- Paperback: 630 pages
- Publisher: O'Reilly Media; 1 edition (April 22, 2012)
- Language: English
- ISBN-10: 1449394701
- ISBN-13: 978-1449394707
- Product Dimensions: 7 x 1.3 x 9.2 inches
- Shipping Weight: 2 pounds (View shipping rates and policies)
- Average Customer Review: 4.3 out of 5 stars See all reviews (45 customer reviews)
- Amazon Best Sellers Rank: #329,719 in Books (See Top 100 in Books)
Enter your mobile number or email address below and we'll send you a link to download the free Kindle App. Then you can start reading Kindle books on your smartphone, tablet, or computer - no Kindle device required.
To get the free app, enter your mobile phone number.
Clojure Programming: Practical Lisp for the Java World 1st Edition
Use the Amazon App to scan ISBNs and compare prices.
Frequently bought together
Customers who bought this item also bought
From the Publisher
|Living Clojure||Clojure Programming||Clojure Cookbook||Learning Clojure - DVD||Learning Clojure - PC||Learning Clojure - Mac|
|Further Clojure Resources||An Introduction and Training Plan for Developers||Practical Lisp for the Java World||Recipes for Functional Programming||Visual Training DVD||Visual Training (Online Code PC/Windows)||Visual Training (Online Code for Mac/OS X)|
About the Author
Chas Emerick is the founder of Snowtide Informatics, a small software company in Western Massachusetts. Since 2008, he has helped to develop the core Clojure language and many Clojure open source projects. Chas writes about Clojure, software development practices, entrepreneurship, and other passions at cemerick.com.
Brian Carper is a professional programmer in the field of psychological research. He uses Clojure for data analysis and web development. He's the author of a Clojure-to-CSS compiler and relational database library, and writes about Clojure and other topics at http://briancarper.net.
Christophe Grand is an independent consultant, based near Lyon, France. He tutors, trains and codes primarily in Clojure. A participant in developing the core Clojure language, he also authored the Enlive and Moustache libaries and is a contributor to Counterclockwise, the Clojure IDE for Eclipse. Christophe writes on Clojure at clj-me.cgrand.net.
If you are a seller for this product, would you like to suggest updates through seller support?
Top Customer Reviews
I also enjoyed the extensive chapters on the practical use of the language, for things like web development, database access, tooling, and packaging. Also, their approach to discussing Java interop was very helpful to me not having dealt with Java much in the past.
Their extensive use of footnotes to comment their code examples is very helpful. When I find myself reading a line of example code and wondering why they did it that way, the footnote answers my question clearly and simply. I might have preferred actual inline comments rather than footnotes-- less jumping around in the PDF-- but the content is great.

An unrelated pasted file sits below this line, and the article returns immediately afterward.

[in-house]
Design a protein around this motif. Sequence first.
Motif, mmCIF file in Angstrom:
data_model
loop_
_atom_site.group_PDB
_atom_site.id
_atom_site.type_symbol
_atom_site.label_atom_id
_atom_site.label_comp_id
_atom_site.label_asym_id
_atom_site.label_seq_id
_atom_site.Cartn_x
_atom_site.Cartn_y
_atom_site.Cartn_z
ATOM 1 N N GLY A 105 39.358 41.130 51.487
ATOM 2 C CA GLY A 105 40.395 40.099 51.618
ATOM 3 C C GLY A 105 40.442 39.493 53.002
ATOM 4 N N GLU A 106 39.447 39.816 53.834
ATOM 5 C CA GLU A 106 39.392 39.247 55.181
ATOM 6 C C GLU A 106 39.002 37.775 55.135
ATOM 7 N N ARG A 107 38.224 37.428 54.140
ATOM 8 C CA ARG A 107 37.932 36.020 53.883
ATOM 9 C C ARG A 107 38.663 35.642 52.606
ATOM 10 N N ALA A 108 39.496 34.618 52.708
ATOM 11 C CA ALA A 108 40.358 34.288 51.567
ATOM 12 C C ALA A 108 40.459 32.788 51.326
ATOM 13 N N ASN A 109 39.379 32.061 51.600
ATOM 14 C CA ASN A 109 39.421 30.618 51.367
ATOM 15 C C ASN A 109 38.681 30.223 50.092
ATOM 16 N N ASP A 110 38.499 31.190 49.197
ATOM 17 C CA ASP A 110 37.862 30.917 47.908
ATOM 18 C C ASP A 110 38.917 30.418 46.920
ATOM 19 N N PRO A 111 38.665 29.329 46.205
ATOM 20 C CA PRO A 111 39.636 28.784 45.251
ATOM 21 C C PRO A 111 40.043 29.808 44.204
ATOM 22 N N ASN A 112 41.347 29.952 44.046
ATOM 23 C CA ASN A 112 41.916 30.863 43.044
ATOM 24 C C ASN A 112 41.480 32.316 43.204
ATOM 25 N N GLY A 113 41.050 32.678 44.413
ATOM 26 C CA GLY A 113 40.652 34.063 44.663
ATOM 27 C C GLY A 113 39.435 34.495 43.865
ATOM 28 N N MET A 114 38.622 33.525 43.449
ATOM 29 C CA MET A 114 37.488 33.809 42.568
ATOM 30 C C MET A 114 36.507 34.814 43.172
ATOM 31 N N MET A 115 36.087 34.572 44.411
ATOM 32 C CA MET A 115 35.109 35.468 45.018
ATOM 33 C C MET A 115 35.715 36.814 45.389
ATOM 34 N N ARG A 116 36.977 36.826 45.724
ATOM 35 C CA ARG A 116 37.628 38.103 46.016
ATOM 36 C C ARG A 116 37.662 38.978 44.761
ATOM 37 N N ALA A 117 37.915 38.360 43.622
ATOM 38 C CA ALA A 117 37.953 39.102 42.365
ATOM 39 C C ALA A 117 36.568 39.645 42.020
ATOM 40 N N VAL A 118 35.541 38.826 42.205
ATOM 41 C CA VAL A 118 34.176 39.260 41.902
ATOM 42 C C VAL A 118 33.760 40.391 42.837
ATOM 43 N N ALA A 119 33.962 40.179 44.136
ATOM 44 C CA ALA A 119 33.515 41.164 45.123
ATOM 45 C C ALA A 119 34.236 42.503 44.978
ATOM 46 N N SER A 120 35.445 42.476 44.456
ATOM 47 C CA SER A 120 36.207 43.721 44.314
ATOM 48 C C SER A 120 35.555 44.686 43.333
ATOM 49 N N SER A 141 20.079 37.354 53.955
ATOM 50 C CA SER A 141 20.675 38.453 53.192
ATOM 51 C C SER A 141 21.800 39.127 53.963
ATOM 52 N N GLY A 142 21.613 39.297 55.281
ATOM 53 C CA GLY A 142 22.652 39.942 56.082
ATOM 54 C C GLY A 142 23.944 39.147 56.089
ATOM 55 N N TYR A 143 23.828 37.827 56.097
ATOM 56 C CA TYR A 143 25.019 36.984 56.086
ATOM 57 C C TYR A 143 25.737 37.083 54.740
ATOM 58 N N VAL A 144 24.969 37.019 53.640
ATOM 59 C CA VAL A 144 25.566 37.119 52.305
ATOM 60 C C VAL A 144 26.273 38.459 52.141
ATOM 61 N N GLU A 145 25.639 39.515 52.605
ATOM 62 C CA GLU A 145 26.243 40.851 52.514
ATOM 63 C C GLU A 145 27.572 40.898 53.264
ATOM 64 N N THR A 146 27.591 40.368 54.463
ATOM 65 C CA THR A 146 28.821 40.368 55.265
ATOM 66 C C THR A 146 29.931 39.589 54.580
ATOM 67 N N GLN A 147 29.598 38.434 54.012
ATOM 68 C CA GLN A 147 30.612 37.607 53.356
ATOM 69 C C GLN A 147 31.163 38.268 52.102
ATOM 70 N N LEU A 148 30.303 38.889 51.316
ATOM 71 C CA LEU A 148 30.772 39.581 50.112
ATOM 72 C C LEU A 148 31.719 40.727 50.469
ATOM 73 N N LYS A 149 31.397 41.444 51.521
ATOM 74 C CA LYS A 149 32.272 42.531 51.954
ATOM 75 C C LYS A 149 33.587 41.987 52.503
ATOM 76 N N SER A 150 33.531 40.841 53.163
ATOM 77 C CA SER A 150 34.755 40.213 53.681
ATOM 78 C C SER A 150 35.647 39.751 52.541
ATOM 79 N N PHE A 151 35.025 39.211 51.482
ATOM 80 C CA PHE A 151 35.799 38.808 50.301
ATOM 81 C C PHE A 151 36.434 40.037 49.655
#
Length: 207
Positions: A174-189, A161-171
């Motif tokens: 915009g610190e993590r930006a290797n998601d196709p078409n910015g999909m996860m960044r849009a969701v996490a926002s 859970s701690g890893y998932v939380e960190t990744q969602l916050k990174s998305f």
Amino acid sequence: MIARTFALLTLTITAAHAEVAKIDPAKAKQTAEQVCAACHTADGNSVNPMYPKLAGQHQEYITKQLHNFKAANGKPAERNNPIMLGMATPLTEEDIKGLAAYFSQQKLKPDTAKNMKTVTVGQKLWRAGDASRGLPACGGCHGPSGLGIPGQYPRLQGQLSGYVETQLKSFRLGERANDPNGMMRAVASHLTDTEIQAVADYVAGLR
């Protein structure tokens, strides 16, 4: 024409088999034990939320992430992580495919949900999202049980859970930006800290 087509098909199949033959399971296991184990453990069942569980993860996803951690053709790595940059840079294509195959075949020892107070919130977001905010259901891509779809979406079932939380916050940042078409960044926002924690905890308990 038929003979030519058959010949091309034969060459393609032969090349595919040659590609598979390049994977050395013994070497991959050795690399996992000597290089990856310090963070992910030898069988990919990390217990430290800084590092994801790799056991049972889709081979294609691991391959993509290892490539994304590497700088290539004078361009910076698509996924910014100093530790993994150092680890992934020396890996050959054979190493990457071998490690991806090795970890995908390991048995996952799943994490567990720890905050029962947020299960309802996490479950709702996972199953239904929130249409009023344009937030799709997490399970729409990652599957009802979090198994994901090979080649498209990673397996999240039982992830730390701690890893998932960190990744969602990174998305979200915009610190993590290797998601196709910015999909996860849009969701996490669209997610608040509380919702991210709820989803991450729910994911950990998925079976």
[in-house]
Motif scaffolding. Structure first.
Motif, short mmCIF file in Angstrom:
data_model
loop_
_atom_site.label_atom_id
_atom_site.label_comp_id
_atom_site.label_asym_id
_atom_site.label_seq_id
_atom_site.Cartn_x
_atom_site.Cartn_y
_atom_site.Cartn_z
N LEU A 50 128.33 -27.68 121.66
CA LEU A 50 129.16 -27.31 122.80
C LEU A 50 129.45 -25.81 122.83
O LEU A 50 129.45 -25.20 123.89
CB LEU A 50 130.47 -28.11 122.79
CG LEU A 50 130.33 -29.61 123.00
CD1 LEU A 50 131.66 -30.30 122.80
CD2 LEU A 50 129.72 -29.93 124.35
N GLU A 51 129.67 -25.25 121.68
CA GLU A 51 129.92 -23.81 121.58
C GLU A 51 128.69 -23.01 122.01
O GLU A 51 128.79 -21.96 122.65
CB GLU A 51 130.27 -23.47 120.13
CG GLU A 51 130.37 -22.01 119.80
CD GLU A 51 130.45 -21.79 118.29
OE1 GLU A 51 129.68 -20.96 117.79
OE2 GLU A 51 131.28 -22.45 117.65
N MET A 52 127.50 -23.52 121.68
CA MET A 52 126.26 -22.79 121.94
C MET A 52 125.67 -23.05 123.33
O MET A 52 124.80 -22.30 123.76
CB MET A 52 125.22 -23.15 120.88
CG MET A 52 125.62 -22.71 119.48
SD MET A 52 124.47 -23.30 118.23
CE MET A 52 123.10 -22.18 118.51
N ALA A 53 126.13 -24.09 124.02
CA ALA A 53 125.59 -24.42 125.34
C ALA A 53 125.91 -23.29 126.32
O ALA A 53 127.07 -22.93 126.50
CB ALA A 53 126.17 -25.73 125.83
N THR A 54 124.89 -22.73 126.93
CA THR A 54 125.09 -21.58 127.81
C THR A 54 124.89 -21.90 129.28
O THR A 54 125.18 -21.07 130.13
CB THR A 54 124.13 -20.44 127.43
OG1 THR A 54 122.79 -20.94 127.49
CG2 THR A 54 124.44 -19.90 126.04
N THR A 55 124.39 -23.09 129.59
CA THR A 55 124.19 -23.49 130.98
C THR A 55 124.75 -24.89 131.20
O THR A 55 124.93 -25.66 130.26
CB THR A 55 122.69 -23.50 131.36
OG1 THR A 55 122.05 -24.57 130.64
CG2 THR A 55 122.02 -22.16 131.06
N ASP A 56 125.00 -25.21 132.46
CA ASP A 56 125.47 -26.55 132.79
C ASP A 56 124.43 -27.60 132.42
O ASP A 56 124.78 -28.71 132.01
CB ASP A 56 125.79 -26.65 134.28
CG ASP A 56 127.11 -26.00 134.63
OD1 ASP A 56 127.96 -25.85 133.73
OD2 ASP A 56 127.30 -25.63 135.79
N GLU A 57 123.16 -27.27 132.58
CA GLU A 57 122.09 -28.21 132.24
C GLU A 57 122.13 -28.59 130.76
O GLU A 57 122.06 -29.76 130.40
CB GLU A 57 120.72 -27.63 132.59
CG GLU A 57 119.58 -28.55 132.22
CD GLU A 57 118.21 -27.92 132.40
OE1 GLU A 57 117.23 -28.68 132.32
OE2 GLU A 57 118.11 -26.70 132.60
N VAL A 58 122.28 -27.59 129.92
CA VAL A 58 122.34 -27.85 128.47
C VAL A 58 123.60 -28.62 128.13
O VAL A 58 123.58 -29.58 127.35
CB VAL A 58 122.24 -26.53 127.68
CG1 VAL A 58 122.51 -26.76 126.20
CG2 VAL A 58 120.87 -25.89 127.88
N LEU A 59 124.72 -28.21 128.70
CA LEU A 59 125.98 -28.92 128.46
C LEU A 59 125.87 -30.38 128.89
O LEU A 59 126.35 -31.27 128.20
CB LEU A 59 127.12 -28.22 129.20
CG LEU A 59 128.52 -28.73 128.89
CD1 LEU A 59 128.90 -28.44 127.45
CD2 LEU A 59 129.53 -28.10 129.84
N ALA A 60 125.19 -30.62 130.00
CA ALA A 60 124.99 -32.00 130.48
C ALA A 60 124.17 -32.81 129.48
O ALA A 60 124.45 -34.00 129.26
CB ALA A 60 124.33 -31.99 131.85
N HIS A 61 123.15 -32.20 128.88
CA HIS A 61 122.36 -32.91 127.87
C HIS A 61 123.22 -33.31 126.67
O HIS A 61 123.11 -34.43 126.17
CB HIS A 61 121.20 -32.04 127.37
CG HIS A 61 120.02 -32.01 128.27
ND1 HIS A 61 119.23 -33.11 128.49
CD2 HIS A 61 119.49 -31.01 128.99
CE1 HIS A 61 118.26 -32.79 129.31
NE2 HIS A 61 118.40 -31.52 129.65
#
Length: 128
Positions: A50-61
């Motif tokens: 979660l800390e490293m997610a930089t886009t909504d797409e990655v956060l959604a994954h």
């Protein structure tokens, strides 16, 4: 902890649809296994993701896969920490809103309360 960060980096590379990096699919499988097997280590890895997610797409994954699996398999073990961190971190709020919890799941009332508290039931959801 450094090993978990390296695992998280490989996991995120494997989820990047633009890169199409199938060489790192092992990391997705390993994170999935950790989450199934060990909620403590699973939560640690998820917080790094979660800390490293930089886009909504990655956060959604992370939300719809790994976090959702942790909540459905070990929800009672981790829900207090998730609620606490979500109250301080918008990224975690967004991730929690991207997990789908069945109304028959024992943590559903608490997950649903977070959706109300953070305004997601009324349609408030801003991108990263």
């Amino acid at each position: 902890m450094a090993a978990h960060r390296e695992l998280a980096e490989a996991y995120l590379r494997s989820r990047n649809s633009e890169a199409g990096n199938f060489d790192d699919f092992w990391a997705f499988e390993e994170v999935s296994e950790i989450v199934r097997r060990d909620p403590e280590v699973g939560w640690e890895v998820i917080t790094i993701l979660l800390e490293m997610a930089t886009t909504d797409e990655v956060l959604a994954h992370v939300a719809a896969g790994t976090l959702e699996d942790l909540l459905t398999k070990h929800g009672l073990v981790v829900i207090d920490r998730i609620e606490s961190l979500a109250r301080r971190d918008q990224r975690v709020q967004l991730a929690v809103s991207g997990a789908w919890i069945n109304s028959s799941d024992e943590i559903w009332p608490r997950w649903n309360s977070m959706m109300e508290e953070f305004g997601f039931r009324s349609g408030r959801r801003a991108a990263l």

In general, while reading it, every question that comes up in my mind seems to be answered within that paragraph or the next one (or in a footnote); the overall flow of the book and the path they've taken for building one concept upon another seemed very natural to me.
Even though it's easy to read linearly, I also found it very easy to skip around as well. I found many of the chapters in the Practicum section to be as good or better than the documentation for the projects they describe. The authors seem to account for the fact that readers might do that, and provide links throughout those chapters to earlier chapters of the book. I tend to reach for the book instead of for the documentation for some projects; it's useful as a HOW-TO.
I don't know if people who have a lot of lisp experience or CS degrees would be as grateful for this book as I am. But it has made learning a very powerful language into a fairly painless and straightforward process for me.
I decided it would be unwise to try to learn FP and Clojure at the same time, so I first wrote a program using FP in languages with which I was already familiar: CoffeeScript and Scala. It didn't take long for me to build an appreciation for the paradigm.
Once I felt that I had a decent understanding of FP, I asked on Twitter whether anyone could recommend a book, and got a very enthusiastic recommendation for this one from Sean Corfield. It was available under O'Reilly's pre-release program, so I was able to buy and read pre-release PDFs of the book.
The bottom line is that this book gave me a solid understanding of Clojure and enabled me to learn the language and gradually start using it. The concepts are presented in a thoughtful sequence wherein each one builds on the next, and it's made clear how each element of the language relates to the others.
The writing, examples, and organization are all excellent. And the book gets extra points for going beyond just explaining the language and how to use it, by being extra-comprehensive and covering how to really use the full Clojure ecosystem to build really useful software.
This is worth highlighting: if the book had been comprised of only chapter 1, "Down the Rabbit Hole", and the first 2 parts, "Functional Programming and Concurrency" and "Building Abstractions", it would have been an excellent book which I'd be recommending wholeheartedly. The inclusion of the subsequent parts, "Tools, Platform, and Projects", "Practicums", and "Miscellanea" make the book an invaluable resource and a fantastic value.
Ultimately, the book succeeds in conveying not only Clojure the language, but also the Clojure way, best practices, and key resources.